ERDs are really nice to have a clear picture of your database structure. Besides being an important document artefact to you project, it eases when you need to implement queries, especially joins among tables. Imagine how nice it's to have a dual monitor config, on the left side you have you ERD and on the right side your query editor. You can clearly see the relationships among tables and write your queries based on that. If your database project is quite simple, and your project doesn't require it, maybe it's ok to live without it.

| improve this answer | |

ERD will save you much more time than you think, If you do everything on the fly then you will stuck when you want to generate junction tables.

If you come across to database a few years later without ERD, you have to spend a lot of time to see what is going on in your project.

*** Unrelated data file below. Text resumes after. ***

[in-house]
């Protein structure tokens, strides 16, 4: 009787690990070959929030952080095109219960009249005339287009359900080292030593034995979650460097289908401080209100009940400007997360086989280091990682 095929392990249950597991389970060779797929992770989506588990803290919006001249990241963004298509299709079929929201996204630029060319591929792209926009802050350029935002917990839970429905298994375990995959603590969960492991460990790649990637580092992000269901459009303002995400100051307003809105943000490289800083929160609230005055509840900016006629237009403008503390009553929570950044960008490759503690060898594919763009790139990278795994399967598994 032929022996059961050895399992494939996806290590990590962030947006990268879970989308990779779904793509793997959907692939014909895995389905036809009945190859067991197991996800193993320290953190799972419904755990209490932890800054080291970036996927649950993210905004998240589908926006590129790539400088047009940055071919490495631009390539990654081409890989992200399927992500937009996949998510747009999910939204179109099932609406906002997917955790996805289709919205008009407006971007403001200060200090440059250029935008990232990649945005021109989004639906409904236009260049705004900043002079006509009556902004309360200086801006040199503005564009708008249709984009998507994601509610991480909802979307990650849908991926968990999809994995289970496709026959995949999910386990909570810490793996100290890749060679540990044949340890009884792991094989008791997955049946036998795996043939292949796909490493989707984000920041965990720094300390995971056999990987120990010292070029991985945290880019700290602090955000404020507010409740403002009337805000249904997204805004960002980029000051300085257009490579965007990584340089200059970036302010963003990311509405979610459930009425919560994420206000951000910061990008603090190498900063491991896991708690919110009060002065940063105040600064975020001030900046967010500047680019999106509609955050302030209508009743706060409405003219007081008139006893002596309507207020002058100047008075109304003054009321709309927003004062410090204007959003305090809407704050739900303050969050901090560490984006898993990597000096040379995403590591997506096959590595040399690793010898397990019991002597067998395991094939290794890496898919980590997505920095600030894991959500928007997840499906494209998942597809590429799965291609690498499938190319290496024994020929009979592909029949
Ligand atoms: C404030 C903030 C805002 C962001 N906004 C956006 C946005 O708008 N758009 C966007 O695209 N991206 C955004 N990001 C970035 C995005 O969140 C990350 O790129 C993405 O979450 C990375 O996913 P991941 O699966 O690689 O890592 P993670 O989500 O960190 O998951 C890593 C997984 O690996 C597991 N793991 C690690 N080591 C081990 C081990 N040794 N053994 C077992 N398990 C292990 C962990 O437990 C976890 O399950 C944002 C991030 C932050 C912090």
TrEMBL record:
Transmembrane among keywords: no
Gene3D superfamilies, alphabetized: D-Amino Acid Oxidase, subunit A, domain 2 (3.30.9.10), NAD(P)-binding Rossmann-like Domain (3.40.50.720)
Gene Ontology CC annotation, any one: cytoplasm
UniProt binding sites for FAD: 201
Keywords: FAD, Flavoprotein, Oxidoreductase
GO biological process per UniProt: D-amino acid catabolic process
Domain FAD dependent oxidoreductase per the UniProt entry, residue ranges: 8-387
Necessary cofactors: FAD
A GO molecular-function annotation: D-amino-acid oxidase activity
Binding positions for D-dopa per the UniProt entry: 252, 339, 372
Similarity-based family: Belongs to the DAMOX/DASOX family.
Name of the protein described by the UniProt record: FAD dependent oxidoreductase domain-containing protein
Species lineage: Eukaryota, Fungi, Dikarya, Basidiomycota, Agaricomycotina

I have company and we design ERD, don't ever think about database without ERD.(actually this is my own personal experiment)

| improve this answer | |

ERDs used to be more mainstream some time ago. IMO they are more or less optional now.

Currently, some highly successful teams do not bother with ERDs at all, yet deliver excellent systems: robust, performant, and easy to maintain in the long run. This is especially true in Agile development, when we start small, with a minimalistic set of tools.

ERDs are a good way of communication, of course, but by no means the only way, or the best in all circumstances one. Some teams prefer other ways of documentation and communication.

There are no blanket rules in this industry.

| improve this answer | |
  • +1 but which other ways od documentation and communication are used in regard to databases? – miracle173 Jan 26 '13 at 16:40
  • @miracle173 A good book is: "Agile Principles, Patterns, and Practices in C#". Also I like articles on Behavior Driven Development by Dan North at dannorth.net – A-K Jan 28 '13 at 19:09
  • 1